Many businesses that accept credit cards wonder what the PCI compliance fee is and why they have to pay it. It all starts with the information that a retailer gains when a customer purchases a product or service using their credit or debit card to pay for the transaction. The thin black strip on the back of the cards holds sensitive information that can be used to defraud the card holder if a criminal gets hold of that information. A merchant must take steps to ensure that all personal information collected from a customer is kept safe and away from those who intend to do harm to others.
There have been some notable breaches of data over the past few years like what happened at TJX companies – the parent company of the T.J. Maxx and Marshall department stores. Over a 16 month period, thieves hacked into TJX’s computer system and stole information from over 45 million cards. This caused serious problems for the company and their customers that ended up costing a lot of time, money and effort addressing the damage caused by the breach.
Employees of businesses have also been known to steal this type of information. All they need is to gain access to credit and debit card receipts so they can purchase items using someone else’s card number. These types of incidents have increased with the proliferation of these cards. The major credit card companies like Visa, MasterCard, American Express and others developed guidelines that a business must follow to protect customer information. Failure to abide by these guidelines can result in the credit card companies deciding to discontinue doing business with a non-compliant company.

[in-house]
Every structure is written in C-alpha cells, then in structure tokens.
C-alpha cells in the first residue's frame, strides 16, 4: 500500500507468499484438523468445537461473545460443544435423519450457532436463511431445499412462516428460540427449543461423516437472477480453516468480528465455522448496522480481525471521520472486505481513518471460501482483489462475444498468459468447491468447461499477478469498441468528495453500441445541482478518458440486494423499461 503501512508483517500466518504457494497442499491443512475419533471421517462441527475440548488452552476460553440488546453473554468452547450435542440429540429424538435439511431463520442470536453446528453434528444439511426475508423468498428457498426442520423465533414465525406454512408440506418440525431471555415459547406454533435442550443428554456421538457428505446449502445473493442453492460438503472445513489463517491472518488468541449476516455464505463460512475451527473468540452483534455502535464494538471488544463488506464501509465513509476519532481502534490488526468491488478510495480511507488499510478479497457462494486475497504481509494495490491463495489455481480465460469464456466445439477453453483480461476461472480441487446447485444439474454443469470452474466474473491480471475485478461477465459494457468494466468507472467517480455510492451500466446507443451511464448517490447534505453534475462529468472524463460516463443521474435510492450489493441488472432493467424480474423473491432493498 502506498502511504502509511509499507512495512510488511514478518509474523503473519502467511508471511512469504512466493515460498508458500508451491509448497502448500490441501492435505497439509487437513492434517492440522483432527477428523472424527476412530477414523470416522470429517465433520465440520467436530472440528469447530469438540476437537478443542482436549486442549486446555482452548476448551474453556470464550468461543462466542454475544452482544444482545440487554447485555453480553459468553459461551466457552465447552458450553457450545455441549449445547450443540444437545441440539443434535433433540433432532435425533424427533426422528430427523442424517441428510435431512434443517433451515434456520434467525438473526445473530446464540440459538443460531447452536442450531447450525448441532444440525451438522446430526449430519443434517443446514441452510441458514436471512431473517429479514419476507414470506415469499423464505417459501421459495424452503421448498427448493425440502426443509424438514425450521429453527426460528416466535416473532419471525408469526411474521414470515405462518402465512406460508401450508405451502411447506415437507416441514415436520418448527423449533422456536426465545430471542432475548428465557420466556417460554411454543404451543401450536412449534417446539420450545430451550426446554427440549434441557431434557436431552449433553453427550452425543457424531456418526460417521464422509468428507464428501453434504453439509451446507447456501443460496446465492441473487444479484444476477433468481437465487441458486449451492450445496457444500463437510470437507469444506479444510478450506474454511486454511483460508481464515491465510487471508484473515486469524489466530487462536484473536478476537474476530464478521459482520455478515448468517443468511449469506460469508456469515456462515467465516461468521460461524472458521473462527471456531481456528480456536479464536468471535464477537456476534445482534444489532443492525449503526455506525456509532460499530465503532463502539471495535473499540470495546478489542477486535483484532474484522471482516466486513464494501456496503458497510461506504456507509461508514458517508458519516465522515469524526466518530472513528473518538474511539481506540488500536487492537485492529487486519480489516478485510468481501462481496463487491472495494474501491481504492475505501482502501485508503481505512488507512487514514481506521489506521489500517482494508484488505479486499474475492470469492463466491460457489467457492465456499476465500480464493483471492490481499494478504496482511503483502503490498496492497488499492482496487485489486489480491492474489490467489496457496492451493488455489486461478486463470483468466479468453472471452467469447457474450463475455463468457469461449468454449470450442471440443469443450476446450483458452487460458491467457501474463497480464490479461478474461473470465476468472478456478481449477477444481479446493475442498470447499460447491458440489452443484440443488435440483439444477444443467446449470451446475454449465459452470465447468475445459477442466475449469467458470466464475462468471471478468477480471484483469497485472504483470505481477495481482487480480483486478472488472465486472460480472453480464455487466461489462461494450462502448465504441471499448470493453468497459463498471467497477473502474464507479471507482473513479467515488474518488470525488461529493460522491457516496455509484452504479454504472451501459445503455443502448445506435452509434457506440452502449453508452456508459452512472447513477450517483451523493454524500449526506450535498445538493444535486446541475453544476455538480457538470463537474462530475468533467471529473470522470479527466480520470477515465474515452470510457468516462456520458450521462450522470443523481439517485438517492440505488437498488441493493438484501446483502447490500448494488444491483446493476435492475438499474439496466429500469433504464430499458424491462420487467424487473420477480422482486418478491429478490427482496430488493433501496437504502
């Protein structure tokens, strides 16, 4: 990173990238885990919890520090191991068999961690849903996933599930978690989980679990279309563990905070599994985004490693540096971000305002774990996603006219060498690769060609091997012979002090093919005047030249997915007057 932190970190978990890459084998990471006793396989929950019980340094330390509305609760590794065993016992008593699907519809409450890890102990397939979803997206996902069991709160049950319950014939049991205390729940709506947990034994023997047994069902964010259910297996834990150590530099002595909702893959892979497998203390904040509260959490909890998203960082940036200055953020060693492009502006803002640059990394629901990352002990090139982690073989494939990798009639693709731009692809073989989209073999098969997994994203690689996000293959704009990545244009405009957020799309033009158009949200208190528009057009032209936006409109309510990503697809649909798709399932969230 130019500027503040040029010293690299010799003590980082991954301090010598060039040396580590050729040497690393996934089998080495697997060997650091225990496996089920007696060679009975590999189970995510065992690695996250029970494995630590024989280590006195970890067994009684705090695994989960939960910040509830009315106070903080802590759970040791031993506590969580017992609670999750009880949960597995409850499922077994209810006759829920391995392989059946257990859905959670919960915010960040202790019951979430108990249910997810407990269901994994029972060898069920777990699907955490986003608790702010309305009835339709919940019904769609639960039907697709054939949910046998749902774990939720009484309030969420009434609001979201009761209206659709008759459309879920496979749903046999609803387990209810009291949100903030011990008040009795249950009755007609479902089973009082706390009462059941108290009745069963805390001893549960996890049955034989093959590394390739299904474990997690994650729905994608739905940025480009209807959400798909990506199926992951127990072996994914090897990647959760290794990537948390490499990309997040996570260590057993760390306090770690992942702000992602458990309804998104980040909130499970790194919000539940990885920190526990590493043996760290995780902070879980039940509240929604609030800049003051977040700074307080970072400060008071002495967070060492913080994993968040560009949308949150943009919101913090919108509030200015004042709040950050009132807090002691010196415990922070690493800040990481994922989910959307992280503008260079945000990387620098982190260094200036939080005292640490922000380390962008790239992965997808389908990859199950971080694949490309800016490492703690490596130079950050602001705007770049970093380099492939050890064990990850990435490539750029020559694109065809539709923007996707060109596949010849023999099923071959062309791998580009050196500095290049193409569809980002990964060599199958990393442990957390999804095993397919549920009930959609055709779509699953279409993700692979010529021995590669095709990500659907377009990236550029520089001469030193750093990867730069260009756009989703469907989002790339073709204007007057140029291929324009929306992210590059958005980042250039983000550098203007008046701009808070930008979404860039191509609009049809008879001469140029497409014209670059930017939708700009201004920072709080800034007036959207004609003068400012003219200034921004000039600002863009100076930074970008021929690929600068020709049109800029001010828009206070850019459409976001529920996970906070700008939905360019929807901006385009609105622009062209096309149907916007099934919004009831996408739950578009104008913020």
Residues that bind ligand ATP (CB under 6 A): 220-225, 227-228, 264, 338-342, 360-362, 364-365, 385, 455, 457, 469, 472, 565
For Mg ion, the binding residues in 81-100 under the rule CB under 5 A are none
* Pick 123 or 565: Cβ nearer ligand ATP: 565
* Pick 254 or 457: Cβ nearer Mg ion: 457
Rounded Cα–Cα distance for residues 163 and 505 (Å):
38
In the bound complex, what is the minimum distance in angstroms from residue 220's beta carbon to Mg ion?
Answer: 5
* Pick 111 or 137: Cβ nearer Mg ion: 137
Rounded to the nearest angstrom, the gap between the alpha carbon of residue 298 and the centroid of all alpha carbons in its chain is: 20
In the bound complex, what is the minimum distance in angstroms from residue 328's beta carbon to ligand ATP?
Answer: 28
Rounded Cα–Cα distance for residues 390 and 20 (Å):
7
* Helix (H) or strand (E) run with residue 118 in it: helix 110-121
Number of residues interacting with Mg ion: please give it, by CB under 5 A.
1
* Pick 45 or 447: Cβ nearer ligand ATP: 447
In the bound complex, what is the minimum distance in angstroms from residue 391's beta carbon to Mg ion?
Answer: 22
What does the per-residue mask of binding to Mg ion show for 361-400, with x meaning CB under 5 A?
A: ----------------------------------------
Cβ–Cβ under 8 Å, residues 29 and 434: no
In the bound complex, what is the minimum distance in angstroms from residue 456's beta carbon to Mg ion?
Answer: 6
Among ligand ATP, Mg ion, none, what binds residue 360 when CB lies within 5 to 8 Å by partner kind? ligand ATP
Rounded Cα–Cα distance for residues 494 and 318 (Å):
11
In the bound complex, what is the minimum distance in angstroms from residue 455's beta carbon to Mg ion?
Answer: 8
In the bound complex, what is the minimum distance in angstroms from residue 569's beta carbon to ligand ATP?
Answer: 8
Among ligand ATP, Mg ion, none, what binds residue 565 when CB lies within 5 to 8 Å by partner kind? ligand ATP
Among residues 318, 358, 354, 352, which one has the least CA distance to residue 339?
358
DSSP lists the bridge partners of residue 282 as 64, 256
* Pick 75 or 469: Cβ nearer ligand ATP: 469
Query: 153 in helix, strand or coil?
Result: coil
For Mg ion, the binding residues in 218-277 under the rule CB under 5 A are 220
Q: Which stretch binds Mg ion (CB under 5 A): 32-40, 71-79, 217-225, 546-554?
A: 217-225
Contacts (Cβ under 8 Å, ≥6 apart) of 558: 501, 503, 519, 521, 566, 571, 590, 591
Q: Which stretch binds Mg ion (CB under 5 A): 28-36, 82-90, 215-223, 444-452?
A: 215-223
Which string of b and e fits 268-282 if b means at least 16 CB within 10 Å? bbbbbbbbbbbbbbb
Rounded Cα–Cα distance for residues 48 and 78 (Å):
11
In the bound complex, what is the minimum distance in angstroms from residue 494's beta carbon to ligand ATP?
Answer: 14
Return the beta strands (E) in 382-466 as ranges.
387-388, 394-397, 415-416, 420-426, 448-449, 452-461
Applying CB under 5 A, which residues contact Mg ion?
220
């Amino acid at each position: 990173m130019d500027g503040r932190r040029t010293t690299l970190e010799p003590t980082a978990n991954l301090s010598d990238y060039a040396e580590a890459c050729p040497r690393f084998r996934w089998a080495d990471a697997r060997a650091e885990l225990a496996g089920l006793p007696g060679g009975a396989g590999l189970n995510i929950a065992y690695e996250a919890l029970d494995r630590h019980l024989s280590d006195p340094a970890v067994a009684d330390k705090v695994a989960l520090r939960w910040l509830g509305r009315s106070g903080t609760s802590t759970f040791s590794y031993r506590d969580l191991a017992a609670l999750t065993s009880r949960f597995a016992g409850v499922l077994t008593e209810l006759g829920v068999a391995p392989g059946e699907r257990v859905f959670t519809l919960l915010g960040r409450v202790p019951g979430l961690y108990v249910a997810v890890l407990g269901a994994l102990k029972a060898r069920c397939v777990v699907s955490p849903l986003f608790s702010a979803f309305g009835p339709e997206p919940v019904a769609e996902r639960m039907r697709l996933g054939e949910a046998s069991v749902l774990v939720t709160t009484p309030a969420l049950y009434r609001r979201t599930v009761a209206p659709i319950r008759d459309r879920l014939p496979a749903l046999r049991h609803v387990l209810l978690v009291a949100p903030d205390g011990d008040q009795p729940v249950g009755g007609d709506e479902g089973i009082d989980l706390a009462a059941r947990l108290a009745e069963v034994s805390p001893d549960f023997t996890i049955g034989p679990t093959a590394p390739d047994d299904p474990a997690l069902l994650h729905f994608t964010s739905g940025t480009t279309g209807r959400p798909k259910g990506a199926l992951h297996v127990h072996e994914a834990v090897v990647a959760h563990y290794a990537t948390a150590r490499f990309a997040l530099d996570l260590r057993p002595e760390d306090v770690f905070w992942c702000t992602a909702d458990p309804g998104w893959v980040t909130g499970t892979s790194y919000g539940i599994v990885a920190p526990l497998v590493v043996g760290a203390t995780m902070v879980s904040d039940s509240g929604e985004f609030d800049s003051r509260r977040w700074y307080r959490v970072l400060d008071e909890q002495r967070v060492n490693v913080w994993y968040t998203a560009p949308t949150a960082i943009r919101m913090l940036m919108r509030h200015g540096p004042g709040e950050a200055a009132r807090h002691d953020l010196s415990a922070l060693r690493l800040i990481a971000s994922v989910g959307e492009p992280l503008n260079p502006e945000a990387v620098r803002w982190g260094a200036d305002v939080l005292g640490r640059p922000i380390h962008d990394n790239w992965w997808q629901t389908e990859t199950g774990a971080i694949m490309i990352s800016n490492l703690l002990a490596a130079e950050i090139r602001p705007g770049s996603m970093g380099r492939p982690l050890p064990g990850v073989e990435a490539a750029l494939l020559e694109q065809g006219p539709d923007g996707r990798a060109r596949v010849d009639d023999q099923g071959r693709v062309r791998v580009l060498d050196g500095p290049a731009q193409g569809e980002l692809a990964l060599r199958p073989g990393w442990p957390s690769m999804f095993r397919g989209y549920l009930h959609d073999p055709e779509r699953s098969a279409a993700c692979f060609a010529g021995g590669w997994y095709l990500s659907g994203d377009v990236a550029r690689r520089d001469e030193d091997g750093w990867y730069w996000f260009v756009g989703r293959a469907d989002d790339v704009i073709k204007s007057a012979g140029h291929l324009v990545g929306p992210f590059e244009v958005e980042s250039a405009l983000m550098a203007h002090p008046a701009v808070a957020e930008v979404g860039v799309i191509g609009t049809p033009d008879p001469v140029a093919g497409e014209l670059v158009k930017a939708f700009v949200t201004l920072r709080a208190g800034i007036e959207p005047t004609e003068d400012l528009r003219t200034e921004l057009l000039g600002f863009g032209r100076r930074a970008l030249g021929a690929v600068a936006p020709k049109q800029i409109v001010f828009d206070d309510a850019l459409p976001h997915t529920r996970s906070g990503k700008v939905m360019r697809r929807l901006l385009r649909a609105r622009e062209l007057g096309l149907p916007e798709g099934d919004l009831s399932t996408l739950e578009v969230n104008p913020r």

Many business owners know they should keep information safe, but many also have no idea why they are also being charged a PCI compliance fee.
These fees are charged for basically three reasons: education, non-compliance, and insurance.
Many credit card processing companies spend time working with business owners to make sure they understand what is required and how to meet those requirements. Some will add a fee to cover the cost of this educational component.
Businesses that do not show they are in compliance are also susceptible to being charged fees. This is generally done to remind the owners that they should take the time to fulfill the requirements. This portion of a fee could disappear once they have certified with the processors that they have taken appropriate action to protect their customer’s information.
A third component of some fees is insurance to help cover any breaches. The TJX breach ended up costing well over a quarter of a billion dollars. This is a cost many businesses cannot afford to absorb and still survive. The insurance will not cover breaches where the company was involved in the criminal activity.
The fees can be charged either monthly or annually. The fees range from five to 15 dollars per month to over 99 dollars per year.